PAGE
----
Wednesday, June 16, 2010

Broadband Internet Technical Advisory Group (BITAG) - "a cooling of hostilities over Net neutrality rules"?


FierceCable report on the launch of the US Broadband Internet Technical Advisory Group (BITAG), as do Cnet:
"Longtime political rivals including AT&T, Google, Comcast, Verizon, and Microsoft, announced Tuesday they had joined together to form a technical advisory group to "develop consensus on broadband network management practices or other related technical issues that can affect users' Internet experience," including applications and devices. The formal name of the effort is the Broadband Internet Technical Advisory Group (BITAG), which will be chaired by Dale Hatfield of the University of Colorado at Boulder, a former chief technologist of the Federal Communications Commission."
I flagged BITAG in this previous post, some interesting comments on the BitTorrent blog:
"BitTorrent has always believed that innovation and collaboration with ISPs where all parties participated in some self-regulation was a more ideal approach than heavy-handed policy. Even in the early days of the net neutrality debate we worked hard to find common ground with Comcast, and to address issues associated with rich media content and network capacity management. For us, the path has lead to the development of uTP, which is a protocol designed to be sensitive to bottlenecks and yield capacity to other applications when it senses network congestion. It is through innovation like this that we can hope to improve our users’ experience, as well as yield benefits to ISPs by putting less strain on the network. Challenges are best met with cooperation, and the formation of this group signals that everyone is ready to put down their swords and work together and look for solutions that are in the best of interest of all parties involved."
FierceCable suggest that while this development could be seen as "a ploy to forestall federal oversight of the Internet", this appears unlikely, as "there seems to be little chance of any kind of regulation during this election year."  Here's why: last month Congress reacted very unfavourably to the FCC's proposals to reclassify broadband as a Title II service (but with only a handful of Title II provisions applying - their "third way"). From an additional article on Cnet:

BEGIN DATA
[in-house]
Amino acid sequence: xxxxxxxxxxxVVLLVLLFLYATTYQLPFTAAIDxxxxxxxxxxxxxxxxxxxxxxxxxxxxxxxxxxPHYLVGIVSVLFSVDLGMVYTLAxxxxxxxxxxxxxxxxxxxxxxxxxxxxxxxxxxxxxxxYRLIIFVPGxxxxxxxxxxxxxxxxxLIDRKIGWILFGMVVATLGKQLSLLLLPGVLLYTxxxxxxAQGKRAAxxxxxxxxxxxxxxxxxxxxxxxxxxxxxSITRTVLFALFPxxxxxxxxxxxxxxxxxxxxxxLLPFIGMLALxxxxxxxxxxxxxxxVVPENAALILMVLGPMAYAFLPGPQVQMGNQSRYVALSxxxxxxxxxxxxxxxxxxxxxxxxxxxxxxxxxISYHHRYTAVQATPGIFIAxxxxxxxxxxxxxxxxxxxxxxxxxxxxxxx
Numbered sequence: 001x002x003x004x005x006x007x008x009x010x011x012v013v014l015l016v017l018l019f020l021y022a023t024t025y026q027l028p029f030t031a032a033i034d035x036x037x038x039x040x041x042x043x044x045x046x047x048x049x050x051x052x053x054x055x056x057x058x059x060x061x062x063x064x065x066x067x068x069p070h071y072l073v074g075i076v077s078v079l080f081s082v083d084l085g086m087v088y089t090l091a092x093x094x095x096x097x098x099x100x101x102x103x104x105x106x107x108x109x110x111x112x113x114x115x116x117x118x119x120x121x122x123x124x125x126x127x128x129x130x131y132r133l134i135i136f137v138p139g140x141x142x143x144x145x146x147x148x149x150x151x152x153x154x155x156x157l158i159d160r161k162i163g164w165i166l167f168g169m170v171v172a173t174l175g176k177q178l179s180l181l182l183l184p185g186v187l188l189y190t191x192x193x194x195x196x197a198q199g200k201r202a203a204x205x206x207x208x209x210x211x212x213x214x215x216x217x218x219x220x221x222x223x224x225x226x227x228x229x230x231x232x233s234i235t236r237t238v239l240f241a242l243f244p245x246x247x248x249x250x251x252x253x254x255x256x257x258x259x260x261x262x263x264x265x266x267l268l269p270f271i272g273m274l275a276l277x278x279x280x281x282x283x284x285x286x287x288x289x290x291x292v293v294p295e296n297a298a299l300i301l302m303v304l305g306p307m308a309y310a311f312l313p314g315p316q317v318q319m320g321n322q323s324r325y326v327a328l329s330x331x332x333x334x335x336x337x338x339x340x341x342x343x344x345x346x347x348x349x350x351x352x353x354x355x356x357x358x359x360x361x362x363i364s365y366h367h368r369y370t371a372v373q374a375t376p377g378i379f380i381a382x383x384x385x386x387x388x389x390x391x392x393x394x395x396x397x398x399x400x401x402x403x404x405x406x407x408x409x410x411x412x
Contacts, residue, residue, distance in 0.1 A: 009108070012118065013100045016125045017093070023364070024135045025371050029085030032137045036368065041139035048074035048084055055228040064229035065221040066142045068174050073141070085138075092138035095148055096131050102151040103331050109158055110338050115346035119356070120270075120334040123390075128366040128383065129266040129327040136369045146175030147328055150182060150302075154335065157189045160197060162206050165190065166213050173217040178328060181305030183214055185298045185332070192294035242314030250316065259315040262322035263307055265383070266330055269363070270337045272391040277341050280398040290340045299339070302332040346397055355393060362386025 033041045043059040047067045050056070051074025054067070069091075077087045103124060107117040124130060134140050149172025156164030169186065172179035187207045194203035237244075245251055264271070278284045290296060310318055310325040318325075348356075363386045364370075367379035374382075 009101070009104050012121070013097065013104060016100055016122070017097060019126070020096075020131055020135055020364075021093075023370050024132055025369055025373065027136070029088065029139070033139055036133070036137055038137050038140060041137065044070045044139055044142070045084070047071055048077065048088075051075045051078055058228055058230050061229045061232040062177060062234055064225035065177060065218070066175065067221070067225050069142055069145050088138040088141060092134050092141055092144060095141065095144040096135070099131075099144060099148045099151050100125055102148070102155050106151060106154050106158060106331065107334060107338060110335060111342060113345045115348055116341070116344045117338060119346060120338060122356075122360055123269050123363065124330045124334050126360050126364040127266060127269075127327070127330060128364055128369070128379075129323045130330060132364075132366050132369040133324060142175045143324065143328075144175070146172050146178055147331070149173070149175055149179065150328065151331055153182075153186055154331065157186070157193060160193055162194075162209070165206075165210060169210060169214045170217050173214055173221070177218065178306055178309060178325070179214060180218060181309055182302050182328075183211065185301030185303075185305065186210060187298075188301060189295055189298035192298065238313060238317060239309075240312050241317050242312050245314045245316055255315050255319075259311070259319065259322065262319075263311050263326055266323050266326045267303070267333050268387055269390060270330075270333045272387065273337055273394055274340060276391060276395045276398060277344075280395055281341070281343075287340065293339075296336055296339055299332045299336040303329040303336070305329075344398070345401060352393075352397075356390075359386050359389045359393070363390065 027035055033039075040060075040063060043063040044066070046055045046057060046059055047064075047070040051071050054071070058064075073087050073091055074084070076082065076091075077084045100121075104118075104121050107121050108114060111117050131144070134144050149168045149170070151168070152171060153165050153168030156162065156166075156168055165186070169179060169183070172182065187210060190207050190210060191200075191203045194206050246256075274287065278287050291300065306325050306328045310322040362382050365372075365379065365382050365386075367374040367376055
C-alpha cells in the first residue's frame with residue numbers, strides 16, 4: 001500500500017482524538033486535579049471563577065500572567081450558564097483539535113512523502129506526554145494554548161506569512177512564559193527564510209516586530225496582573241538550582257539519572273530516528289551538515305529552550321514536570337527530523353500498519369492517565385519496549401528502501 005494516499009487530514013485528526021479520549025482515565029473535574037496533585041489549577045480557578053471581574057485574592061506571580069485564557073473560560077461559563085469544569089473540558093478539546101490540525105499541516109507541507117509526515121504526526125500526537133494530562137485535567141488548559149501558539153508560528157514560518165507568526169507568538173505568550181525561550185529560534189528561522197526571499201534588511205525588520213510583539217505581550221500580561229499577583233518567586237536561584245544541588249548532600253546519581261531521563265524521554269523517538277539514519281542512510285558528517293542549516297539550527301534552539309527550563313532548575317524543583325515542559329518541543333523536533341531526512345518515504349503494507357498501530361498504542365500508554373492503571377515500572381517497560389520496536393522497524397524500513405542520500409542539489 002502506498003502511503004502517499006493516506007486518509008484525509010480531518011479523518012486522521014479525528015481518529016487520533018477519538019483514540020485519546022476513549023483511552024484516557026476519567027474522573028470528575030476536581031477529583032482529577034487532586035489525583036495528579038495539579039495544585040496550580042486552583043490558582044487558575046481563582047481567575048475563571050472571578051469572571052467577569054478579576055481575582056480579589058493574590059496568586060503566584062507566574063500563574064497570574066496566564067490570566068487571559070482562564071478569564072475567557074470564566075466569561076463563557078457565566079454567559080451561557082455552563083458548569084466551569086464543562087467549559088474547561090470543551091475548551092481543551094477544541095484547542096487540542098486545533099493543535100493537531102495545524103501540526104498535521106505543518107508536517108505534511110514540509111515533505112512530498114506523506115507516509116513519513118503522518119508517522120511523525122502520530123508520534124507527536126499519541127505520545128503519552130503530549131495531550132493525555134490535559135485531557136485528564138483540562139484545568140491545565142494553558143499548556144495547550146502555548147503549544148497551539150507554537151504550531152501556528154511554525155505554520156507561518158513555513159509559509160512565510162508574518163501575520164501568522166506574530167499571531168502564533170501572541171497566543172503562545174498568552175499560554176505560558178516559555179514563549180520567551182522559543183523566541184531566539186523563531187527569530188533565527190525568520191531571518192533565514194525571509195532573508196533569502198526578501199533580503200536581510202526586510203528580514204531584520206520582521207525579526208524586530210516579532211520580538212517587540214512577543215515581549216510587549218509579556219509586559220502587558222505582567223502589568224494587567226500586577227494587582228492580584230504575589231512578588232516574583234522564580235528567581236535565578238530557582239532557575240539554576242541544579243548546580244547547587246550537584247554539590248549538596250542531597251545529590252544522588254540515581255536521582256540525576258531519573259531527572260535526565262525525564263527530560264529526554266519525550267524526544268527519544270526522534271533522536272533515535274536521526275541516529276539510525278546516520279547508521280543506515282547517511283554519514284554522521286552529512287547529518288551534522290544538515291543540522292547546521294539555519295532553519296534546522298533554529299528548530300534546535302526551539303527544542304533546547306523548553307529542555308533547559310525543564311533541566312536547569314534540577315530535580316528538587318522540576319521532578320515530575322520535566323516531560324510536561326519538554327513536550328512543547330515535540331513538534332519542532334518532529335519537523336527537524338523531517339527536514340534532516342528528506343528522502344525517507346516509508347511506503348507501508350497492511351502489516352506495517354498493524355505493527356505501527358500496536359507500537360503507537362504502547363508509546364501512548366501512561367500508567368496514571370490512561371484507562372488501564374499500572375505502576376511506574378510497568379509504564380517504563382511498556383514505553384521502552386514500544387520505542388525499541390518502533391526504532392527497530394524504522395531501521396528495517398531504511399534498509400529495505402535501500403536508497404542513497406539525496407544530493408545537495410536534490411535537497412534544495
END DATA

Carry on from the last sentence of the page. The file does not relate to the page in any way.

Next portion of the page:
"A bipartisan group of politicians on Monday told FCC Chairman Julius Genachowski, in no uncertain terms, to abandon his plans to impose controversial new rules on broadband providers until the U.S. Congress changes the law. Seventy-four House Democrats sent Genachowski, an Obama appointee and fellow Democrat, a letter saying his ideas will "jeopardize jobs" and "should not be done without additional direction from Congress." A separate letter from 37 Senate Republicans, also sent Monday, was more pointed. It accused Genachowski of pushing "heavy-handed 19th century regulations" that are "inconceivable" as well as illegal."
More on this letter here, with details of an additional letter sent to the FCC by House Republicans here. Free Press ("a national, nonpartisan, nonprofit organization working to reform the media") have a very interesting commentary on this second letter on their Save the Internet site. According to Cnet," in an election year dominated by discussions of jobs, the economy, and health care, regulating broadband providers is hardly a congressional priority". So it looks like BITAG is the way forward in the short term in the wake of the FCC/Comcast decision. But what might happen in future isn't yet clear:
"If Congress does return to the topic in 2011, it's difficult to predict what might happen, and whether the Google-eBay-Amazon.com axis would prevail over broadband providers. Which is why both sides appear to have decided that having a series of informal discussions - far away from the halls of the FCC and Capitol Hill - might be more productive."
Here's hoping common sense applies, the press release announcing BITAG's launch suggests that it might?

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